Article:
NASA to launch first crewed US mission to space station since 2011
The astronauts will be launched to International Space Station (ISS) in Crew Dragon spacecraft by SpaceX.
National Aeronautics and Space Administration (NASA) on April 17 announced that it will launch astronauts Bob Behnken and Doug Hurley to International Space Station (ISS) on May 27, 2020.
Since the retirement of NASA’s Space Shuttle Program in 2011, it will be the first time that the rocket will carry astronauts from the United States. The lift-off will be from Florida’s Kennedy Space Centre.
Due to COVID-19, there will be no line of spectators on the beaches and viewing sites as there always have been at the launch of every US mission. Alan Shepard was the first American to reach space in 1961.
The announcement of the launch was made through an official tweet by the Administrator of NASA on April 17. Here is the following tweet.
• The astronauts will be launched to International Space Station (ISS) in Crew Dragon spacecraft by SpaceX.
• Only a limited number of reporters will be allowed and NASA will not any public members.
• After the launch on May 27, the astronauts will spend as long as 110 days in space and they will return on Crew Dragon Capsule.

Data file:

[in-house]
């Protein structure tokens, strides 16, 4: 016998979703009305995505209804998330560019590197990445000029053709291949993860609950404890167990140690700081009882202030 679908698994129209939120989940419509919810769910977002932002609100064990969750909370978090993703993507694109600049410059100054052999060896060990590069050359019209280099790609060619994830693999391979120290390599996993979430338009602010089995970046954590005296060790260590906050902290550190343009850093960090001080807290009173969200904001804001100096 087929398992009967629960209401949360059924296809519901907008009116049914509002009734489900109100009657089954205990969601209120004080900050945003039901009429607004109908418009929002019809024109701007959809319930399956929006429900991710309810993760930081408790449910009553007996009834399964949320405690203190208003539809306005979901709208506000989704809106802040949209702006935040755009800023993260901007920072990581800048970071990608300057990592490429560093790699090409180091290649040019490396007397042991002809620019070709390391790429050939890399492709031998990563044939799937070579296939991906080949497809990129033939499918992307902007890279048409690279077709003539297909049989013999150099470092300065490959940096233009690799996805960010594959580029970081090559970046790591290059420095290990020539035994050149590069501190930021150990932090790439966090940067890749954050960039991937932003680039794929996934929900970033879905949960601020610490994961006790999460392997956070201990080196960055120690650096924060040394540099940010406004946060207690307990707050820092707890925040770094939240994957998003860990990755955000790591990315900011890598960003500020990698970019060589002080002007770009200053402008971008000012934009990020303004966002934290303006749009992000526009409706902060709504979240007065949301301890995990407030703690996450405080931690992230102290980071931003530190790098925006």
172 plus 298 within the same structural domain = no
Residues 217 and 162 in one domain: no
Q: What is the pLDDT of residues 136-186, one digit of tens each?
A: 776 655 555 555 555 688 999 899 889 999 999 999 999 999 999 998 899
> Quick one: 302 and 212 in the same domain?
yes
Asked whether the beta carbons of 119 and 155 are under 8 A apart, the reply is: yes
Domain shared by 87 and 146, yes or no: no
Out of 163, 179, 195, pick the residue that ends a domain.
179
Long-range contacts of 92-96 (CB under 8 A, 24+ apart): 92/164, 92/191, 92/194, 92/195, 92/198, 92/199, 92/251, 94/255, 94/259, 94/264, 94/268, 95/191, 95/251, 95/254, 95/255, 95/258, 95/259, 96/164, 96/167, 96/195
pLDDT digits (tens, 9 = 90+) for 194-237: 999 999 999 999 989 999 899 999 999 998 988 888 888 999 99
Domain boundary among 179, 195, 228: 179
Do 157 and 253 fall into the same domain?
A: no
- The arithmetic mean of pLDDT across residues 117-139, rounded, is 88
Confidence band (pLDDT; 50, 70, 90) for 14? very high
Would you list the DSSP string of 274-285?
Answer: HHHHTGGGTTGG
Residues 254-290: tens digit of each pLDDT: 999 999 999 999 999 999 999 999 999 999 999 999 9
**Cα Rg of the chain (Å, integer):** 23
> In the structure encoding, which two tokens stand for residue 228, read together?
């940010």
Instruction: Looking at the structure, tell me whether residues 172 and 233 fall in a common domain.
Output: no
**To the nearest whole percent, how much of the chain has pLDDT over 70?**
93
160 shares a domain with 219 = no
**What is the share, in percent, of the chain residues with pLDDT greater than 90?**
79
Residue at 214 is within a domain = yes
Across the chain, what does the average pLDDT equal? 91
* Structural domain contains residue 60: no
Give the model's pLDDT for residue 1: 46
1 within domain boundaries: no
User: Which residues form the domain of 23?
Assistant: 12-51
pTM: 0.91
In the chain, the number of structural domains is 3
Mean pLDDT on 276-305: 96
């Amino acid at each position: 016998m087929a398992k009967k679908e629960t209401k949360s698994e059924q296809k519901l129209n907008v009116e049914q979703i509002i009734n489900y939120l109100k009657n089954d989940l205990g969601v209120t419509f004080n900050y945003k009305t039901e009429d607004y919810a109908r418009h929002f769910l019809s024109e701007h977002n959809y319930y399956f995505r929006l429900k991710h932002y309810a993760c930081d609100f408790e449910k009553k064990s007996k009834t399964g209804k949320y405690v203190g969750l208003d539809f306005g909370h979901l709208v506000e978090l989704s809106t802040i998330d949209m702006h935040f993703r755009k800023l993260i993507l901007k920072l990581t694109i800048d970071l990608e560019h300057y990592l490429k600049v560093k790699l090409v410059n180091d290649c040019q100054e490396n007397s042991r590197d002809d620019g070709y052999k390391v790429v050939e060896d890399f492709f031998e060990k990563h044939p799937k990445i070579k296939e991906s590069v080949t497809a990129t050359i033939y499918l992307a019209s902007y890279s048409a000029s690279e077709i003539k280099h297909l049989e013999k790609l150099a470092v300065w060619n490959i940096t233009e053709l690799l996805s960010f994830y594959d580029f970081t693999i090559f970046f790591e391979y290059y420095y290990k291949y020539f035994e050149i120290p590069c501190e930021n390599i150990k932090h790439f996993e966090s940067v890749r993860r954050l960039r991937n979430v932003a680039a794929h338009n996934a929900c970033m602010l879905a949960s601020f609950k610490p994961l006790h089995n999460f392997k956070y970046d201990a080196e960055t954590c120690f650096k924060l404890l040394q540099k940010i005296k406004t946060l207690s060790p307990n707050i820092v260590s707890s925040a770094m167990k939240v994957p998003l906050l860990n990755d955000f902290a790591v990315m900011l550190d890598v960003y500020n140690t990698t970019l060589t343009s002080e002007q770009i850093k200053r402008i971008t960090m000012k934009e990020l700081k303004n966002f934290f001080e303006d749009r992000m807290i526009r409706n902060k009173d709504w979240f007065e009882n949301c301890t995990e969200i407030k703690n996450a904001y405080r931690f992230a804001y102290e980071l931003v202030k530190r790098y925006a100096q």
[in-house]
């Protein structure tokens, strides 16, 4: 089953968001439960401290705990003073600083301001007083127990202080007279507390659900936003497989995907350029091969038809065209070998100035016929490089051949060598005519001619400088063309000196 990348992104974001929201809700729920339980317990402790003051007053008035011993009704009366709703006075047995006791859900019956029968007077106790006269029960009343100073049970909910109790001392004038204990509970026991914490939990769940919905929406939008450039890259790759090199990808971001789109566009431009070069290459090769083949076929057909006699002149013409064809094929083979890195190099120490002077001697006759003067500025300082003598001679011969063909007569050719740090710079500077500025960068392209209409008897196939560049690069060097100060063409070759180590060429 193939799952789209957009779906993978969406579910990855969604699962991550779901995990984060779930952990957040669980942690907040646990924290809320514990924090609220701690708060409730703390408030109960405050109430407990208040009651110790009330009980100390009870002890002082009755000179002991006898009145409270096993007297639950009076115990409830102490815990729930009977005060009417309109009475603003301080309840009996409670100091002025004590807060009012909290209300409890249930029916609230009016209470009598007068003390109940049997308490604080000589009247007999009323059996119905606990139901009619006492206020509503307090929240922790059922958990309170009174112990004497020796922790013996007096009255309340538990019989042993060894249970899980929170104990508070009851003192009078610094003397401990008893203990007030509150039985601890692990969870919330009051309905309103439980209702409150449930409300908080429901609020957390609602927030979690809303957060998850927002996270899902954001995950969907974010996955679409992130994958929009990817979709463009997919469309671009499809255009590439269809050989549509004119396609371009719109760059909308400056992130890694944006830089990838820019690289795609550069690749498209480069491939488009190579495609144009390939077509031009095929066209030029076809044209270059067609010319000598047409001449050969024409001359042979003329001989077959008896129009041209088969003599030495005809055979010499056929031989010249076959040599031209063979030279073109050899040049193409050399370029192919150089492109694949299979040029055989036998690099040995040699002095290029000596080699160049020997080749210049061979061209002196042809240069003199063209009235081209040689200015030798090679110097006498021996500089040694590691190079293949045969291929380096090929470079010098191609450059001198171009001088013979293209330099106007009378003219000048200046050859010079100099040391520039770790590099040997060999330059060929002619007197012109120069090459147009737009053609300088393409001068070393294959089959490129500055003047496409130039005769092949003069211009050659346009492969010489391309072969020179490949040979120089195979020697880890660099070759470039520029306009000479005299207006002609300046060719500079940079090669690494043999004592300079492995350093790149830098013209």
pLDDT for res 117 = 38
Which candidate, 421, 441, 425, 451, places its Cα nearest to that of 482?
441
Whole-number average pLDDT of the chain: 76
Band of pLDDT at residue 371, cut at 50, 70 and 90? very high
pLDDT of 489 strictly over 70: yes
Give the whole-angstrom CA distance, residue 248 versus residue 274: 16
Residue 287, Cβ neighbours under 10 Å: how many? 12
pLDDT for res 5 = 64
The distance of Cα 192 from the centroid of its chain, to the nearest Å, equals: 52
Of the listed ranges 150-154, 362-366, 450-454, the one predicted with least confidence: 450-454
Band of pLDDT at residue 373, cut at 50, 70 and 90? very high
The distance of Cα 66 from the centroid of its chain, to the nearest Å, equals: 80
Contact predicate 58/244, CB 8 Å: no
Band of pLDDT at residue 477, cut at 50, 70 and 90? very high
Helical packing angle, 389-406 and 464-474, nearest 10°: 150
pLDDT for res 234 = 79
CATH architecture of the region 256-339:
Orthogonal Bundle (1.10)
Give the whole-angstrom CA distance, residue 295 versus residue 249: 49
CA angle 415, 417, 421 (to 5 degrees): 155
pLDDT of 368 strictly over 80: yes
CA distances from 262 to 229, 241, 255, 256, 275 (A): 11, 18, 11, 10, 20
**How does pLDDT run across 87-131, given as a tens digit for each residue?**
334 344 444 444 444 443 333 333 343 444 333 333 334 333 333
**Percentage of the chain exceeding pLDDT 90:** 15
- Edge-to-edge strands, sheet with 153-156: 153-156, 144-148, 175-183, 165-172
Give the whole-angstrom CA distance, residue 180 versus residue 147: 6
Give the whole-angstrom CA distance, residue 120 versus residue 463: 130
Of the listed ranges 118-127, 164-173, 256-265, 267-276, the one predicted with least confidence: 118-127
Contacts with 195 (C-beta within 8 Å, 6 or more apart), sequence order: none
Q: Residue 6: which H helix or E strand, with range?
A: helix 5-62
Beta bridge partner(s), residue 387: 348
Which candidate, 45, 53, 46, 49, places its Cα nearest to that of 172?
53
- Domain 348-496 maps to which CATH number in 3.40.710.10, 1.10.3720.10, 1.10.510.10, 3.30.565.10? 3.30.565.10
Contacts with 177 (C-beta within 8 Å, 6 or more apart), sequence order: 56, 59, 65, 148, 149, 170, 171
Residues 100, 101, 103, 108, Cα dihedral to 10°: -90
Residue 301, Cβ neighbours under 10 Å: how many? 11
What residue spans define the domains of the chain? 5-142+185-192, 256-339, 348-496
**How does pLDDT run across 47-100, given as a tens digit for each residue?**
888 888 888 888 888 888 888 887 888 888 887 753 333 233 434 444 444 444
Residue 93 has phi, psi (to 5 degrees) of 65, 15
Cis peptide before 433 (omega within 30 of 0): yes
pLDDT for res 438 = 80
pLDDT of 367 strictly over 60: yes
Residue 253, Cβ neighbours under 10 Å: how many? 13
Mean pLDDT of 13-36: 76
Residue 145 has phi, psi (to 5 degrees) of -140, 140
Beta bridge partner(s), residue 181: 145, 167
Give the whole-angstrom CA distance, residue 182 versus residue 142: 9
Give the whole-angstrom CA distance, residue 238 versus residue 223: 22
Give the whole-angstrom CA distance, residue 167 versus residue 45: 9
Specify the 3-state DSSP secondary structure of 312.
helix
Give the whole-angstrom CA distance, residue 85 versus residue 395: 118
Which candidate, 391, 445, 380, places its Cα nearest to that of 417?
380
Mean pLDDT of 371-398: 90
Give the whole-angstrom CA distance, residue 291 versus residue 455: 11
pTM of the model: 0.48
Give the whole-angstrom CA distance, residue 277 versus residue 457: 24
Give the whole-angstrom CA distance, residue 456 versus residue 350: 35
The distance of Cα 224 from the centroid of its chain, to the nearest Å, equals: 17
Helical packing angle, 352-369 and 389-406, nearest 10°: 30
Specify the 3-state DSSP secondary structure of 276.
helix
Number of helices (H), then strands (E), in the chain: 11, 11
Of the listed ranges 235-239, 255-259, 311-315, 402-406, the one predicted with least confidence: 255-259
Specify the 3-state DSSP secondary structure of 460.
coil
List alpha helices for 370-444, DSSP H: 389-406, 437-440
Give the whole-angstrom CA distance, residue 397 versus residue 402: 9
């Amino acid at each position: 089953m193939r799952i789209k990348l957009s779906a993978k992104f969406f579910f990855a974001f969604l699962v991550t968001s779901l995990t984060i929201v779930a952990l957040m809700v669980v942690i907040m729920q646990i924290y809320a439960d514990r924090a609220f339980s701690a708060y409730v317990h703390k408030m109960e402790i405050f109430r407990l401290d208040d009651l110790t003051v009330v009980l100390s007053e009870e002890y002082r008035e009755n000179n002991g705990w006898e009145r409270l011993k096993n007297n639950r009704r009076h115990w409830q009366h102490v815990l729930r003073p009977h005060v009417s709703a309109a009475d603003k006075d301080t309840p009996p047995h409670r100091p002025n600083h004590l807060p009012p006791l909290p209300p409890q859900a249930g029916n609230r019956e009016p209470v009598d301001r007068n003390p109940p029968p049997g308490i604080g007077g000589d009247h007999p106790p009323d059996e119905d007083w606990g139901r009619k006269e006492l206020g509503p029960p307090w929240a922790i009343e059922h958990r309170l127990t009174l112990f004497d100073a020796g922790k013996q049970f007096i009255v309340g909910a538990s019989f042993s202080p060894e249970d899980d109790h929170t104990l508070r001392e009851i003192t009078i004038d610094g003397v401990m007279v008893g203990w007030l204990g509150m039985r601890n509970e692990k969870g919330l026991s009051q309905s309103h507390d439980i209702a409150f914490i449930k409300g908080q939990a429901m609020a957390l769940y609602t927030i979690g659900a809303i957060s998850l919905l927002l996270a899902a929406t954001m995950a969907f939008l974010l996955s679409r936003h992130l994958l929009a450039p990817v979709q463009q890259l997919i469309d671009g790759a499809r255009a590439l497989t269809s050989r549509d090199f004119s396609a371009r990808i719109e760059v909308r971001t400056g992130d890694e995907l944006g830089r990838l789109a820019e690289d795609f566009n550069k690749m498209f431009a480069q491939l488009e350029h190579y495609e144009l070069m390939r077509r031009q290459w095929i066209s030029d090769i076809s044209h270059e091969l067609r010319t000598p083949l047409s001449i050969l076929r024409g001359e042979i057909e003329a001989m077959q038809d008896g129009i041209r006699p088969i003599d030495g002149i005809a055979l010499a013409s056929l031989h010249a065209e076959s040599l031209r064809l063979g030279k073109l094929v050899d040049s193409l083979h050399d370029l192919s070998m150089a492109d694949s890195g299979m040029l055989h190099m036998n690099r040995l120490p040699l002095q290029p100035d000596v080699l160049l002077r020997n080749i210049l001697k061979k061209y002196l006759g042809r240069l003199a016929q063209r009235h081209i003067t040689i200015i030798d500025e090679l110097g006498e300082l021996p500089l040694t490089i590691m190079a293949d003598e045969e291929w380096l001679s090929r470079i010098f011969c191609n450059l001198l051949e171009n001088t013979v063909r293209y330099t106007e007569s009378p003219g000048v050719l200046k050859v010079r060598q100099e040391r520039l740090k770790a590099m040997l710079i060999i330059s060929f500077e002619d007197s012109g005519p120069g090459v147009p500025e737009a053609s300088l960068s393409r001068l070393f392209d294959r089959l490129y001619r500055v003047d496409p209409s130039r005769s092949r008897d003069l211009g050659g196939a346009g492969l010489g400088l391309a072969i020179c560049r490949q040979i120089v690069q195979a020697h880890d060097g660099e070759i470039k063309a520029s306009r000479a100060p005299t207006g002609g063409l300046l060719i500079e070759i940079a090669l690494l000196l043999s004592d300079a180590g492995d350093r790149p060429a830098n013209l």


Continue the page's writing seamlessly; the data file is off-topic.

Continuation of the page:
• Both the astronauts, Hurley and Behnken are veteran astronauts and former military test pilots who previously flew on space shuttle missions.
• Due to COVID-19, NASA has shut down many activities but has maintained all ISS related activities.
The United States and Russia in International Space Station (ISS):
• International Space Station (ISS) has been hosting a crew of astronauts from all over the world since 2000.
• The primary operators of ISS are Russia and the US. Since 2011, Russia has become the only country that has been capable of transporting astronauts to and from International Space Station (ISS).
• NASA’s astronauts Andrew Morgan and Jessica Meir returned from their stay on April 17 in Russian spacecraft.
• As per the Space Agency Inspector General, NASA has paid up to $86 million and around $55.4 million on average in order to fly US astronauts aboard Russia’s Soyuz spacecraft.
Crew Dragon: NASA’s Spacecraft
NASA had reached out private sector to develop a new generation of crew worthy spacecraft. NASA allotted $2.6 billion to SpaceX and $4.2 billion to Boeing in 2014. The vehicles were predicted to be ready by 2017, but the development of the spacecraft took years longer than expected.
Both Boeing and SpaceX have announced plans of flying tourists aboard spacecraft alongside NASA astronauts.
Crew Dragon: After the successful test of Crew Dragon Spacecraft’s emergency abort mission in January, SpaceX emerged as a clear leader. In May, the Crew Dragon Mission, dubbed Demo-2, will be the final test.
Starliner: Boeing’s Spacecraft Starliner suffered a major setback during an uncrewed orbital flight test. The company mentioned that the test mission will be repeated in fall.
Starliner and Crew Dragon are privately owned even though NASA paid the companies for the development of the vehicles. NASA is the customer of these private companies, unlike previous human spaceflight programs.